What started with an email address and a plea has now turned into a project that’s saved viewers more than a quarter million to date.
The odd thing is, ShowUsYourBills@9news.com was never intended to be a project that would take 9Wants to Know well into 2017.
We started the project in 2015 as a way to allow patients to show us their freestanding emergency room bills. At the time, we were taking a close look at Colorado’s burgeoning freestanding ER industry.
The bills, we would soon learn, routinely stretched well into four-figures for relatively minor conditions.
Marked by massive freestanding ER facility charges, patients were finding themselves owing $2,000, if not more, for urinary tract infection or strep throat diagnoses.
That project, for the most part, aired on 9NEWS more than a year ago.
But a curious thing happened in the months that followed.
ShowUsYourBills@9news.com became an online avenue for upset patients to park their gripes about the medical system as a whole.
We started to receive not just freestanding ER bills.
Someone wrote me asking to look into an $6,250 charge for urine drug testing.
Another complained about a surprise bill from an out-of-network surgeon.
Yet another told me of a six-figure charge for a procedure known as intraoperative neuromonitoring.
Suddenly we realized we needed to expand the series to all facets of health care billing.
We’ve run a variety of stories on the subject in 2017, and will almost certainly continue the project to some extent into 2018.
Your bills have convinced us there is more work to do.
But first, we’d like to give you a bit of an update.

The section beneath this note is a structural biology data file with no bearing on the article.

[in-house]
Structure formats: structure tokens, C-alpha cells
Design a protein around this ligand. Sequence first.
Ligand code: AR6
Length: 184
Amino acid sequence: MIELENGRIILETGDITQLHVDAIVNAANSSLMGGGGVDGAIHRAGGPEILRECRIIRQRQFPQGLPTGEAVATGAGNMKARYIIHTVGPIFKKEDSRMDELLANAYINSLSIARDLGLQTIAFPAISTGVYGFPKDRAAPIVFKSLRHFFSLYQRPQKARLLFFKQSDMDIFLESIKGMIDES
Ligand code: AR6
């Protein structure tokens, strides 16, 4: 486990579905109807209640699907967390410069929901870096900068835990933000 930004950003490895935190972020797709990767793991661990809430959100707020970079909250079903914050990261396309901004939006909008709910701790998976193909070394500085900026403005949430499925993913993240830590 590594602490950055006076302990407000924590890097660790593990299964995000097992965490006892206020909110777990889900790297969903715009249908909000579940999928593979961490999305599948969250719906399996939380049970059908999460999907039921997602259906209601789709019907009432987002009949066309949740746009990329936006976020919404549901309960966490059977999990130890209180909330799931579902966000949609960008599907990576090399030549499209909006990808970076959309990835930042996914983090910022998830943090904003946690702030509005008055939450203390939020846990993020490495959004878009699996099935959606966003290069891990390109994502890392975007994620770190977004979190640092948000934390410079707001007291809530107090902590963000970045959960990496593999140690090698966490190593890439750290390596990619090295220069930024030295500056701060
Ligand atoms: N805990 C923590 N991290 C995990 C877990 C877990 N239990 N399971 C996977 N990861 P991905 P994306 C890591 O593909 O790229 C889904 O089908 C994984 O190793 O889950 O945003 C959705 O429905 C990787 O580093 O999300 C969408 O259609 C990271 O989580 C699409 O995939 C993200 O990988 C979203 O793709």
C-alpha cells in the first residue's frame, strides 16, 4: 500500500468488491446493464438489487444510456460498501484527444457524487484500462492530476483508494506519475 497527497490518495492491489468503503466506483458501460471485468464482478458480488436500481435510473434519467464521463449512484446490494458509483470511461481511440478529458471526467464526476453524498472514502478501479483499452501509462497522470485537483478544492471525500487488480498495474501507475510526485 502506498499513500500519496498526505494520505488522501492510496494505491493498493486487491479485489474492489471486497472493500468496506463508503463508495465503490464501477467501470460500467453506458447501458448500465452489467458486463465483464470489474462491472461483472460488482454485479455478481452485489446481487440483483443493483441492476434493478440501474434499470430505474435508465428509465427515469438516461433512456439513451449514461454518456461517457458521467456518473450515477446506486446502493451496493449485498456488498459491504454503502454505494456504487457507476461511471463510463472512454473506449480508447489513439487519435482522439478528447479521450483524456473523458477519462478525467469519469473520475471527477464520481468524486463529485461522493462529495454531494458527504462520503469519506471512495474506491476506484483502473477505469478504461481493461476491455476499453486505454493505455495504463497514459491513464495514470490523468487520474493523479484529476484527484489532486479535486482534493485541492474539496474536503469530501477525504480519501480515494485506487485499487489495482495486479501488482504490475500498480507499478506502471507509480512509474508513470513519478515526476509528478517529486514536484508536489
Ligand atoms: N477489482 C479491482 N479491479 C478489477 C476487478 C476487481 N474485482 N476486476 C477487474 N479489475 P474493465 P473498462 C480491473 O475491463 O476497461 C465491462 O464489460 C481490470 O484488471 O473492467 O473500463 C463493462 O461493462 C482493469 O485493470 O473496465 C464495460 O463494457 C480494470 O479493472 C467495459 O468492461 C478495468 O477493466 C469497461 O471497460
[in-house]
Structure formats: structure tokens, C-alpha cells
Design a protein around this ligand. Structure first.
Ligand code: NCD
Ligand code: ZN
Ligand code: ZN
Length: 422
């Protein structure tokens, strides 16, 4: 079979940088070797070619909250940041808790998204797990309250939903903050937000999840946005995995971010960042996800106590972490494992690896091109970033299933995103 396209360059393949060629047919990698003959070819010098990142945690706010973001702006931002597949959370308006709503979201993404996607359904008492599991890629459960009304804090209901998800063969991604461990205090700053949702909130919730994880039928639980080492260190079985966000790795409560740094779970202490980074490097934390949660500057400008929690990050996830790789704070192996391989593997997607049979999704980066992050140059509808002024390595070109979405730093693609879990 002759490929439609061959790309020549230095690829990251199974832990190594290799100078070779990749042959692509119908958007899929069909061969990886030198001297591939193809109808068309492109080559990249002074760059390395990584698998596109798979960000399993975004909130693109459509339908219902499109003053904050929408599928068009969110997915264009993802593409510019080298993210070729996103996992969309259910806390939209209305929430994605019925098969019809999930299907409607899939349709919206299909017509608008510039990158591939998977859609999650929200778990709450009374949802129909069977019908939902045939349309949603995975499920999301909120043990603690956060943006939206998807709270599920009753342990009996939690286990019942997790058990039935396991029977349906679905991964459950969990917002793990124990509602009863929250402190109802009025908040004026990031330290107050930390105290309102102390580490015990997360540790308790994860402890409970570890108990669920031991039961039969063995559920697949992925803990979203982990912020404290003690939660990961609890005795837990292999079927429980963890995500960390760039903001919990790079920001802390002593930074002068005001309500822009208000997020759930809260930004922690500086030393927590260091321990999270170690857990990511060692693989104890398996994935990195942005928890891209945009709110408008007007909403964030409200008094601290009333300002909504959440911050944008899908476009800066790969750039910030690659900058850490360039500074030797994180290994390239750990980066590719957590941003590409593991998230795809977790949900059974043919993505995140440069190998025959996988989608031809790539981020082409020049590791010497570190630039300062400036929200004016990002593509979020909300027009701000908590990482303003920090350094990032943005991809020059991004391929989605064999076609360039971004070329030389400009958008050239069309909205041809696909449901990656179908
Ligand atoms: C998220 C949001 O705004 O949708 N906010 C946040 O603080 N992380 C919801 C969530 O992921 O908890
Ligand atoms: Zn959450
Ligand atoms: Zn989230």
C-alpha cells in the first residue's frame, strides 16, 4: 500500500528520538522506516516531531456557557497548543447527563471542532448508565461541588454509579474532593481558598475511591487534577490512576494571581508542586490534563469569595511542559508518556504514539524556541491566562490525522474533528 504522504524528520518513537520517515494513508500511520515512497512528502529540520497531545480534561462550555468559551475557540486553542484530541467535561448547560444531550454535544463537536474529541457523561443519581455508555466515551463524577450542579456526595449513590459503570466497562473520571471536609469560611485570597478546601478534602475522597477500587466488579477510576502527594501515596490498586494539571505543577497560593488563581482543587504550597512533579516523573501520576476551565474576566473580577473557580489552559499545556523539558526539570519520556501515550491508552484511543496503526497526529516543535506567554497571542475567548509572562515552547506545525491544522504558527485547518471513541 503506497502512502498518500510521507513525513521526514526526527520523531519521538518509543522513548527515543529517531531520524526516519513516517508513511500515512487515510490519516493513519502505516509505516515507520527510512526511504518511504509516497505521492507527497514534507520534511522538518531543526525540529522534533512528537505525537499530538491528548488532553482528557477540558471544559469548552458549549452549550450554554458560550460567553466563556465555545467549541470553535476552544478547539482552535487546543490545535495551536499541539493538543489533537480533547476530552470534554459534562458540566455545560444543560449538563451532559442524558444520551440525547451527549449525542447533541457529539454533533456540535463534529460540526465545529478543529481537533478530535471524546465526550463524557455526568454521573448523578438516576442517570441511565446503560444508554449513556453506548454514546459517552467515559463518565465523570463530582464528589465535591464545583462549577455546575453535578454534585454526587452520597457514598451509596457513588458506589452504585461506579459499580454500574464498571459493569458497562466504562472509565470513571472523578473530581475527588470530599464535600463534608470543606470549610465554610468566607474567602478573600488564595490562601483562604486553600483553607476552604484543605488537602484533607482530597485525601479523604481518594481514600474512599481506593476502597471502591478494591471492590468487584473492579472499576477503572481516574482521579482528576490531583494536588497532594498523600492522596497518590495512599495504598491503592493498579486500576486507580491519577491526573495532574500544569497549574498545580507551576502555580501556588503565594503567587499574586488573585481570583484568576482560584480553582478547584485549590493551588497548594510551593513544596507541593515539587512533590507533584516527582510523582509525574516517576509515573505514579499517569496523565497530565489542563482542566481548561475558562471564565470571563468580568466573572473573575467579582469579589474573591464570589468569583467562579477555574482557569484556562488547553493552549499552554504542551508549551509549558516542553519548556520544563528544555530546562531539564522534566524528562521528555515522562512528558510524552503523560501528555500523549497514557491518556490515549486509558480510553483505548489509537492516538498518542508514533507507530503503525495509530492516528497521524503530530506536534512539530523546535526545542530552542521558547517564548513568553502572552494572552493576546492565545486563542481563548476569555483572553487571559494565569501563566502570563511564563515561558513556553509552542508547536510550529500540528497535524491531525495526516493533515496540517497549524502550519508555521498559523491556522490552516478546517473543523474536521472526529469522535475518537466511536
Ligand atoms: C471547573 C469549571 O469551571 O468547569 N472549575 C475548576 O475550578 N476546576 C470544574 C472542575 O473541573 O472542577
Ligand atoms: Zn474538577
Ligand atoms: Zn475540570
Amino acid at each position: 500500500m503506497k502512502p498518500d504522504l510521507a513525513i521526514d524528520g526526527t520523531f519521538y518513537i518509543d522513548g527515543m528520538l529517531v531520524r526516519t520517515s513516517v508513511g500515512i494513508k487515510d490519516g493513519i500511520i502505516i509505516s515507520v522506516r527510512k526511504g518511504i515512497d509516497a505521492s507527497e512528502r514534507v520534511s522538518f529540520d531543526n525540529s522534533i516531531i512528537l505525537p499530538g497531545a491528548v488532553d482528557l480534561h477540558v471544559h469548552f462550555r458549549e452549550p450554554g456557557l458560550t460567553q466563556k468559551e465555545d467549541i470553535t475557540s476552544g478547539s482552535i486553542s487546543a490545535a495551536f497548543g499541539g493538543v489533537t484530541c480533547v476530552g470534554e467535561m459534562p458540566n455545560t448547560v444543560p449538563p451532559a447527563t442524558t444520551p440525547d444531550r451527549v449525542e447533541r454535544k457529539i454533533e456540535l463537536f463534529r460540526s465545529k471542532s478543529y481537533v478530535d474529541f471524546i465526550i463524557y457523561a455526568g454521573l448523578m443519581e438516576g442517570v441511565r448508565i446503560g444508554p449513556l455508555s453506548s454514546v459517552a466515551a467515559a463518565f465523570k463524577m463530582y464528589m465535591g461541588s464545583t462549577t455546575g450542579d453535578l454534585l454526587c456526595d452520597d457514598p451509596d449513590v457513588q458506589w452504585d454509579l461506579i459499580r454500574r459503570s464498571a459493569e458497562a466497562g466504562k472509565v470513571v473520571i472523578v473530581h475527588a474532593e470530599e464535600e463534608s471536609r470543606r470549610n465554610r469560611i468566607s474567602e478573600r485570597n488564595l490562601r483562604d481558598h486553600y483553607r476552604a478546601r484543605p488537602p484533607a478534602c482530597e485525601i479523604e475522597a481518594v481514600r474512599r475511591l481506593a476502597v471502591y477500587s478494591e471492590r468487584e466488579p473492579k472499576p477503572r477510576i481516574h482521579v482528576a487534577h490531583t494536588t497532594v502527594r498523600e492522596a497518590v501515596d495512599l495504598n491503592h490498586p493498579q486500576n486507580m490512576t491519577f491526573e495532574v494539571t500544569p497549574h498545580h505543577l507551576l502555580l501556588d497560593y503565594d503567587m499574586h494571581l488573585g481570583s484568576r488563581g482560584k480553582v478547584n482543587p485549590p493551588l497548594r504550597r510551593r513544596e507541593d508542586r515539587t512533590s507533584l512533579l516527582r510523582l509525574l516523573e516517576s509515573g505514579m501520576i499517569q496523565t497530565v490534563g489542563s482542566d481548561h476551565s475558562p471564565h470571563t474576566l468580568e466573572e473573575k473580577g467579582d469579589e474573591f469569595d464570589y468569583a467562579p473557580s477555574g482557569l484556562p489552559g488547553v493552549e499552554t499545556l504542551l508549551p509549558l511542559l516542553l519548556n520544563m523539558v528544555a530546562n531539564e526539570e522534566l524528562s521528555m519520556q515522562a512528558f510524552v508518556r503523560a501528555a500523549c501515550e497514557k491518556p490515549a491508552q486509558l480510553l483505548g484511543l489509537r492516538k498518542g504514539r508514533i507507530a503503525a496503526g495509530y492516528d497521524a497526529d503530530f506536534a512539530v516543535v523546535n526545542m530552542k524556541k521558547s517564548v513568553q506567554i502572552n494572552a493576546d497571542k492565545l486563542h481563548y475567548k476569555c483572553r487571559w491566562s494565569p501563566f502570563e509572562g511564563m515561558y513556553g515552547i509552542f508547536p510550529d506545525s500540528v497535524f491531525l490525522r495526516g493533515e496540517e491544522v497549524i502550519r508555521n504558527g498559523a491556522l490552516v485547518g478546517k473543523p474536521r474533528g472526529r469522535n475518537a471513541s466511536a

A few months ago, Guy Groves wrote me about a $83,178.66 bill.
“The constant harassment and damage to my credit has been so stressful,” he wrote.
The bill stemmed from an emergency surgery to remove a tumor from his colon. “It was actually stage IV colon and liver cancer,” he said.
“I'm happy to be alive, but HOW CAN a credit company who is IN ERROR report a FALSE amount to the credit reporting agencies and what can we do about it?” his email explained.
We contacted a spokesperson from Centura Health to find out why it had sent Groves’ bill to a collections company.
Quickly, Centura admitted an error.
“I was able to connect with our billing team and understand there is a balance discrepancy between our system and BC Services,” she replied.
Within weeks, Centura erased the entire bill.
That brings our total amount saved, to date, to $275,883.
We’ve found errors in coding. Errors associated with improperly sent balance bills.
We’ve found complex errors, and we’ve found some not-so-complex errors.
The moral of the story is that it’s time all of us learned how to fight back.
If something seems wrong, complain about it – either to your insurance company or the provider.
Talk to your physician and make sure he or she is aware of all of the charges associated with his or her practice.
Question bills that seem to be too high for the level of care involved.
Contact the Colorado Division of Insurance if you believe something illegal or unfair is taking place.
Take a closer look at the paperwork you’re asked to sign before a medical procedure.
Become aware of Colorado’s balance billing law (it’s not terribly effective as of now, but it can offer some relief).
Ask for an itemized statement for every medical procedure.
Familiarize yourself with the basics of your health insurance plan. Know what your deductible is. Know your out-of-pocket max. Know if there are different sets of rules when you receive care from any out-of-network provider.
What we’ve learned since the very first submission to firstname.lastname@example.org is that, far too often, the system will work against you.
Think about it.
How much does a CT cost inside an ER?
What’s the appropriate charge for a urine drug test?
What’s the difference, in terms of cost, between a level 3 and level 5 ER visit?
If you’ve seen our stories, you probably have a better idea as of now, but it’s still not perfect.
The fact remains no one really has a good way of knowing what anything should cost because the “cost” of health care only reveals itself once the bill arrives in our mailboxes.
And many times that’s too late.
As we move forward with email@example.com, we are growing increasingly interested in stories where patients are sent to collections for medical bills.
If you’ve been sent to collections on a bill you’ve tried to fight, we’d like to hear from you ASAP.